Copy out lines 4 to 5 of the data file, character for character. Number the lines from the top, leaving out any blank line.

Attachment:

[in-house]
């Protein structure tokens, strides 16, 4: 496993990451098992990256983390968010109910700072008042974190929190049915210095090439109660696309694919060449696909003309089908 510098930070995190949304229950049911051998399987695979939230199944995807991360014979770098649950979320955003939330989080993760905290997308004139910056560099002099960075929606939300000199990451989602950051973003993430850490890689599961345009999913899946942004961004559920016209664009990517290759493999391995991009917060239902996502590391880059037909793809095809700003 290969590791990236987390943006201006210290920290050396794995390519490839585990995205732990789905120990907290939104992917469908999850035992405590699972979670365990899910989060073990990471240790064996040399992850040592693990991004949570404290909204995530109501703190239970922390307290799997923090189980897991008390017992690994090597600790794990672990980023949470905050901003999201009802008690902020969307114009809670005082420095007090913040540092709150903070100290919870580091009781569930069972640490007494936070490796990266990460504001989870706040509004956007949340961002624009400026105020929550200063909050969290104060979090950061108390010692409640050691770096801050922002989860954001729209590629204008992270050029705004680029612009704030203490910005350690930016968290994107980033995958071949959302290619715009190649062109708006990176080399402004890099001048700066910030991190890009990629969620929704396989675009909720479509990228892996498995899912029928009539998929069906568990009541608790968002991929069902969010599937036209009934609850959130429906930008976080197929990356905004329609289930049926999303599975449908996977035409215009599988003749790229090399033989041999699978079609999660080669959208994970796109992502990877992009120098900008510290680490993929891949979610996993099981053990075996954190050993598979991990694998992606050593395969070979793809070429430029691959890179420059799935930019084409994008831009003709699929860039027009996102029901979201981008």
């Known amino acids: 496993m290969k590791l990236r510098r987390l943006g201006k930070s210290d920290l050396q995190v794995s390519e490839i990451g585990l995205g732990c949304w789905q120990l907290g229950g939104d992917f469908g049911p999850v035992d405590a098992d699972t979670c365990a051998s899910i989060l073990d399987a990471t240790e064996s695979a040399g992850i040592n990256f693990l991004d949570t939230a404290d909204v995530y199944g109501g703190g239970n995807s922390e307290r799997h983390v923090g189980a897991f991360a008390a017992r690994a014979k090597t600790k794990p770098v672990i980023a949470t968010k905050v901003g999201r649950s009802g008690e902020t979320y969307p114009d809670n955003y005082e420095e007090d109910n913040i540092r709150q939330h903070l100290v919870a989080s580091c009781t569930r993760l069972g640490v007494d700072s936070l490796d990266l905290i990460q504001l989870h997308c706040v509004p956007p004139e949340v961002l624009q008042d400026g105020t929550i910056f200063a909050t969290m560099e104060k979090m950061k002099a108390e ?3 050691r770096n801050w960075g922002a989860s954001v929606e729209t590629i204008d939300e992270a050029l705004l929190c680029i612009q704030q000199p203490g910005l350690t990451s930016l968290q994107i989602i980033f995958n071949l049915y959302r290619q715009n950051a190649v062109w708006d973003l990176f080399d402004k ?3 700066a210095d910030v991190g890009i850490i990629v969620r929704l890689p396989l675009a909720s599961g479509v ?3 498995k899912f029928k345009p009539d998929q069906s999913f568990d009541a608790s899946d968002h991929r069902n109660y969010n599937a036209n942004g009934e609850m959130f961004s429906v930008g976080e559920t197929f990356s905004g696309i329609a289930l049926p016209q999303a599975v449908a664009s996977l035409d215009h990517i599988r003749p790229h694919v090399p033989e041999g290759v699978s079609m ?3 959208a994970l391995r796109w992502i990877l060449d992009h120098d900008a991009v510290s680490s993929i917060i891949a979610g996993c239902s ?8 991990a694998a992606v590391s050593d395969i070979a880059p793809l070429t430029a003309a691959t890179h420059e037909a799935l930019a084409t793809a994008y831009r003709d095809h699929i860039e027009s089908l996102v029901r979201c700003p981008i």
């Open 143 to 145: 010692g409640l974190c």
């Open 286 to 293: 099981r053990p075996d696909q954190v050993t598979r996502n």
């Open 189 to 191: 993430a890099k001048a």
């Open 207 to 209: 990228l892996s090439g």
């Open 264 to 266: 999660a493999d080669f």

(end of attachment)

């Open 143 to 145: 010692g409640l974190c």
């Open 286 to 293: 099981r053990p075996d696909q954190v050993t598979r996502n």